Stenger Test Auditdata Measure


The Stenger Test: A Quick Behavioral Screening to Spot Functional Hearing Loss

While several objective measures can be used to parse out true versus functional hearing loss, the Stenger test is a good way to quickly and behaviorally screen for non-organic hearing loss in certain scenarios.

The Role of The Stenger Test in The Diagnosis of Hearing Loss 

The Role Of Strenger In Fiagnosing Hearing Loss Auditdata

While rare, most audiologists will eventually encounter a patient with Non–Organic Hearing Loss – in other words, an individual presenting with a lack of consistency in audiological testing. These patients are also often referred to as “malingerers.” This presents a difficult situation for providers, both socially and clinically! Several objective measures, like otoacoustic emissions (OAE), auditory brainstem response (ABR), and acoustic reflex thresholds (ART) can be used to parse out true versus functional hearing loss, but the Stenger test is a good way to quickly and behaviorally screen for non-organic hearing loss in certain scenarios.  

What is the Stenger Effect? The Stenger Test Explained

The Stenger test is based on the principle of binaural hearing, which means that the brain processes sound information from both ears to create a perception of sound. When two sounds of the same frequency and intensity are presented to each ear simultaneously, the brain perceives them as a single sound. The Stenger effect, on which the Stenger test is based, states that when a sound is presented to both ears, the listener perceives only the tone in the ear of the higher presentation level. This test is useful in determining if an individual presenting with unilateral profound hearing loss is providing true and accurate responses or not.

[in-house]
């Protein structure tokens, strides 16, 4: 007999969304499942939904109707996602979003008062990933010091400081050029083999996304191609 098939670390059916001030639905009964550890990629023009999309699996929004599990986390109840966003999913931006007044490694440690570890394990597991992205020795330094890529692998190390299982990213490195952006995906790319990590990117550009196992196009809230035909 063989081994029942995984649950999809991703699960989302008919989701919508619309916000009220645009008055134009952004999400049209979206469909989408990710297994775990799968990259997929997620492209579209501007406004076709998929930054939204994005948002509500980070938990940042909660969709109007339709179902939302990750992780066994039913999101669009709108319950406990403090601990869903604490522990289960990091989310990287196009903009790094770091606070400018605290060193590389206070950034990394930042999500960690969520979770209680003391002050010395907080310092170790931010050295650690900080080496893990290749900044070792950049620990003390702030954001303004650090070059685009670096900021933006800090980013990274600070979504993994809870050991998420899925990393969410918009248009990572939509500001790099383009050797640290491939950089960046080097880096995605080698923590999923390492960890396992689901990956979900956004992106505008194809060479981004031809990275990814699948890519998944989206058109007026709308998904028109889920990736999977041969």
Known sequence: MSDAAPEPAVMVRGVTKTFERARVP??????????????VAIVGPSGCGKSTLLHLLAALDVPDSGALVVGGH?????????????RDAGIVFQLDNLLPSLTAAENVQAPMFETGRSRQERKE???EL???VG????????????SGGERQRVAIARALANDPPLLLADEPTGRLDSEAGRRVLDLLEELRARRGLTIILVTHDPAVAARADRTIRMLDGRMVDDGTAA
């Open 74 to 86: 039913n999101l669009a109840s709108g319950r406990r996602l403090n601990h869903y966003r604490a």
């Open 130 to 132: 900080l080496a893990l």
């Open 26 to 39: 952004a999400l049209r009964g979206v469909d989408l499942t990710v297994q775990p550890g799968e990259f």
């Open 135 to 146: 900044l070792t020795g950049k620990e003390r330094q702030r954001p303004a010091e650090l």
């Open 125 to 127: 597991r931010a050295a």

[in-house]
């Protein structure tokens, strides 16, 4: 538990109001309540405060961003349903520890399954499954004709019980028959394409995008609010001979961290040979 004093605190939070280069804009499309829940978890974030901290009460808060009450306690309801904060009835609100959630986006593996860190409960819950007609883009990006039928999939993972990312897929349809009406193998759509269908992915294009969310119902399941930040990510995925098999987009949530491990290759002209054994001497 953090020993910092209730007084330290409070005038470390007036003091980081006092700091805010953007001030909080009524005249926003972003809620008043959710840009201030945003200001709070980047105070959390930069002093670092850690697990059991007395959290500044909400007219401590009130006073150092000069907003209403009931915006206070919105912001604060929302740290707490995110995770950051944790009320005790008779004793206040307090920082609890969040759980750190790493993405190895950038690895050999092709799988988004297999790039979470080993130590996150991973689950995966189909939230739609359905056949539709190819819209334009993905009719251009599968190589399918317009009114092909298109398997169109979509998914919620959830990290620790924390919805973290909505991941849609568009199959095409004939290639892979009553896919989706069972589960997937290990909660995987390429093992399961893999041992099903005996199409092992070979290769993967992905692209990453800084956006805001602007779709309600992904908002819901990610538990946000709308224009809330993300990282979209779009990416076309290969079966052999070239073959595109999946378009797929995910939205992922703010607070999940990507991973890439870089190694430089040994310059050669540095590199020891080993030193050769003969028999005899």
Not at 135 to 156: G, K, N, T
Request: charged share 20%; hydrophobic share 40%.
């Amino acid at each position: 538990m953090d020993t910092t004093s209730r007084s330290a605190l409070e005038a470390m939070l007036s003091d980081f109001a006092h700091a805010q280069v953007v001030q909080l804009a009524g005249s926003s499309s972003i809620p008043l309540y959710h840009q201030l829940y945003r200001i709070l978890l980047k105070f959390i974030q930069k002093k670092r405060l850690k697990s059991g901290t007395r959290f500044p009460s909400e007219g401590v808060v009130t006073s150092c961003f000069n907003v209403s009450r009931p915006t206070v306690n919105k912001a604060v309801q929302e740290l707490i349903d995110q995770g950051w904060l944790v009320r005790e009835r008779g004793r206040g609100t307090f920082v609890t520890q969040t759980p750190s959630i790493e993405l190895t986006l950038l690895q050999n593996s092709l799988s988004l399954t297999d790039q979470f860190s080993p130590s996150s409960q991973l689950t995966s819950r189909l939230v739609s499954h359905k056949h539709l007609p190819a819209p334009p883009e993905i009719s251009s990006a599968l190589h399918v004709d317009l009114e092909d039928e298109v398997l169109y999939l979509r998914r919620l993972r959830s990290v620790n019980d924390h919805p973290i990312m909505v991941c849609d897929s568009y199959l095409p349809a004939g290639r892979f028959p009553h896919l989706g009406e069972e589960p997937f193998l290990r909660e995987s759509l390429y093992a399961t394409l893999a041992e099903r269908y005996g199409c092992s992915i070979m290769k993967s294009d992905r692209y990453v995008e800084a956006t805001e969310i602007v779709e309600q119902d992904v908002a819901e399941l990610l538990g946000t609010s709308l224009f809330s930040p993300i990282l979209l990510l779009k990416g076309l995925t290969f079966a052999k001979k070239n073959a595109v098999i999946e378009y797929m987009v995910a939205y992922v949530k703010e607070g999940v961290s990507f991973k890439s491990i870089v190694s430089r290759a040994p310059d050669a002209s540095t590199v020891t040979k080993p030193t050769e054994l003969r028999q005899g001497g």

How to Perform a Stenger Test

When performing a Stenger Test, a tone is presented simultaneously to both ears at any given frequency. The intensity, however, differs between the ears. In the better ear, the presentation level should be 10 dB better than the threshold originally obtained. In the poorer ear, the presentation level should be 10 dB below the original threshold. The tones can then be presented, but with increasing intensity in the poorer ear, and the individual is asked to respond as normal.

This test can be completed immediately following pure tone audiometry without repeating instructions. It may, in fact, be more useful if the patient is not alerted to the fact that the test method has changed.

Interpreting Results

The results of the Stenger test are described as either positive or negative. With a negative Stenger test, the patient will continue to respond to the tone when it is presented simultaneously, meaning they are perceiving it in the better ear and the threshold of the poorer ear is true. With a positive Stenger, the patient will not respond to the simultaneous tones as they are perceiving the tone in the ear they are attempting to pass as poorer.

It is important to note that while the Stenger test can be helpful in identifying non-organic hearing loss and unilateral hearing loss, it may not be useful in all cases. For example, if a patient presents with bilateral hearing loss, the Stenger test may not be able to accurately determine if the loss is true or functional. Additionally, other objective measures should be used in conjunction with the Stenger test to confirm results.

Stenger Test with Auditdata Measure

Seamlessly Transition From The Stenger Test To Audiometry with Auditdata Measure

With the new Measure audiometer, you can add the Stenger test to your test battery for these individuals is simple. The Stenger test can be added via your Measure software and displayed or hidden in your printed audiogram. The Measure Software will calculate intensity levels and make sure the presentation is simultaneous to both ears for you to ensure accuracy when testing. Audiologists can then simply mark positive or negative at the tested frequency. As noted above, it can be useful to perform the Stenger immediately following pure-tone audiometry without informing the patient that the test method has changed. The Measure solution makes this possible by having your battery flow seamlessly from pure tone testing to the Stenger. 

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